The New York Nonprofit Revitalization Act of 2013 (the Act) was amended in late 2015, and the New York State Attorney General's Charities Bureau has since updated its guide to sales and other dispositions of assets. The recent amendments may impact governance document updates that nonprofits have made since the Act was adopted.

The Act applies to nonprofits that are incorporated in New York, but certain provisions related to financial reporting and audit oversight apply to all nonprofits that are registered in New York for charitable solicitation purposes. The Act was the first major revision to New York's not-for-profit laws in over 40 years and made comprehensive updates to the New York Not-for-Profit Corporation Law (NPCL) and several other statutes related to nonprofits. Most changes took effect on July 1, 2014. The recent amendments made clarifying changes and technical corrections and extended the effective date of the provision that prohibits employees from serving as chair of a nonprofit's board.

For more information on the provisions of the Act, please see our prior articles on this topic: New York Legislature Passes Nonprofit Revitalization Act: Comprehensive, Significant Changes to New York Nonprofit Corporation Law on Horizon (July 30, 2013) and New York Nonprofit Revitalization Act Signed into Law (December 19, 2013). The Act was previously amended in 2014, and the New York Attorney General has published guidance and updated forms and publications in response to the Act and its amendments.

2015 Amendments

Clarifying Amendments

A number of clarifying changes to the NPCL, Estates, Powers and Trusts Law, and the Religious Corporations Law were enacted on December 11, 2015, including the following:

  • Independent Directors: The definition of "independent directors" was amended (i) to exclude directors who are (or have relatives who are) owners, officers, directors or employees of the corporation's outside auditor or who worked on the corporation's audit during the past three years, and (ii) to clarify that "payments" exclude dues or fees paid to the corporation for services which the corporation performs as part of its nonprofit purposes, provided that such services are available to individual members of the public on the same terms, thereby allowing directors who have relationships with entities that pay such dues or fees to maintain independent director status. Pursuant to the Act, only independent directors may participate in any board or committee deliberations or voting relating to certain audit, conflict of interest, and whistleblower matters.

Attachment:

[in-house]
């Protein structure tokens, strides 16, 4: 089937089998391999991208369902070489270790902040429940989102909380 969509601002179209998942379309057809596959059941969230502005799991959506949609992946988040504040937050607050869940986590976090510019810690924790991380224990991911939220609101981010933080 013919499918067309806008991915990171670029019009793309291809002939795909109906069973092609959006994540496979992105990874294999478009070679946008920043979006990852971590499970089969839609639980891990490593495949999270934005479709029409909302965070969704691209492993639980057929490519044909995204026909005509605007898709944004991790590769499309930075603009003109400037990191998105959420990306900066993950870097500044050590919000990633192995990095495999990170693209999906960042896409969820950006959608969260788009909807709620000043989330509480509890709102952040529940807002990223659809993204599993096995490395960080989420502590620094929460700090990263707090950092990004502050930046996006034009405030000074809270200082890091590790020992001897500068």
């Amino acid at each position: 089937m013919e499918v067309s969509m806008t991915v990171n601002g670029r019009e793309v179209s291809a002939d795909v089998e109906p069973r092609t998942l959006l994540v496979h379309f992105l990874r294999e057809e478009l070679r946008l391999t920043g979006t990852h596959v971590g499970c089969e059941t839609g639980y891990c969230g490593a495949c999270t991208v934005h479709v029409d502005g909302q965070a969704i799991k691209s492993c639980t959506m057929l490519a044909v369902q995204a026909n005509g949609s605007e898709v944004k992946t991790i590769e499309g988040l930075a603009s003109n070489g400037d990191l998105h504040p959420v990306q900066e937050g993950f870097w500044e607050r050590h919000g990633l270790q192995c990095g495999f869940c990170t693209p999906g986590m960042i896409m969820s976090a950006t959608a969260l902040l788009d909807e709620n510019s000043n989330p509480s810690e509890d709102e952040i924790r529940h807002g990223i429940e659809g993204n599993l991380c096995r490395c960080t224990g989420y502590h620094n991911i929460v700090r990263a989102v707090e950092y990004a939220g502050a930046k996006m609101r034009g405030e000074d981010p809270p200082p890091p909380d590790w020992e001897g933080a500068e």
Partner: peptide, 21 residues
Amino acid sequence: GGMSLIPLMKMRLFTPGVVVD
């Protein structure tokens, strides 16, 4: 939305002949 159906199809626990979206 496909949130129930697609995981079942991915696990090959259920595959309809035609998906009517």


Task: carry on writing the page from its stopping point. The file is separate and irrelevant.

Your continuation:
• Related Parties: Under the act, "related party" was defined as any director, officer, or key employee of the corporation or any affiliate of the corporation. This definition was expanded to also include "any other person who exercises the powers of directors, officers or key employees over the affairs of the corporation or any affiliate of the corporation" and any relative of such parties. Related party transactions with the corporation require additional scrutiny under the Act.
  • Information from Interested Persons: The amendments clarify that a person who cannot be present for or participate in deliberations or voting because of a lack of independence, a related party transaction, or a conflict of interest may present information as background or answer questions prior to the commencement of deliberations or voting on such issue.
  • Quorum and Voting: The amendments clarified that a director who must leave a meeting for a vote due to a conflict of interest or related party transaction is still considered "present" at the time of the vote, so the director would be counted for quorum and voting purposes.
  • Affiliates: The definition of "affiliate" was narrowed to exclude entities under common control. Following the 2015 amendments, only entities controlled by or in control of a corporation are included in the definition of "affiliate."
  • Relatives: The definition of "relative" was expanded to include domestic partners of brothers, sisters, children, grandchildren, and great-grandchildren. Previously, the individual's domestic partner was included in the definition, but only spouses (and not domestic partners) of the individual's family members were included.
  • Conflict of Interest Disclosures: The amendments provided that conflict of interest disclosure statements may be submitted to either the secretary or to a designated compliance officer.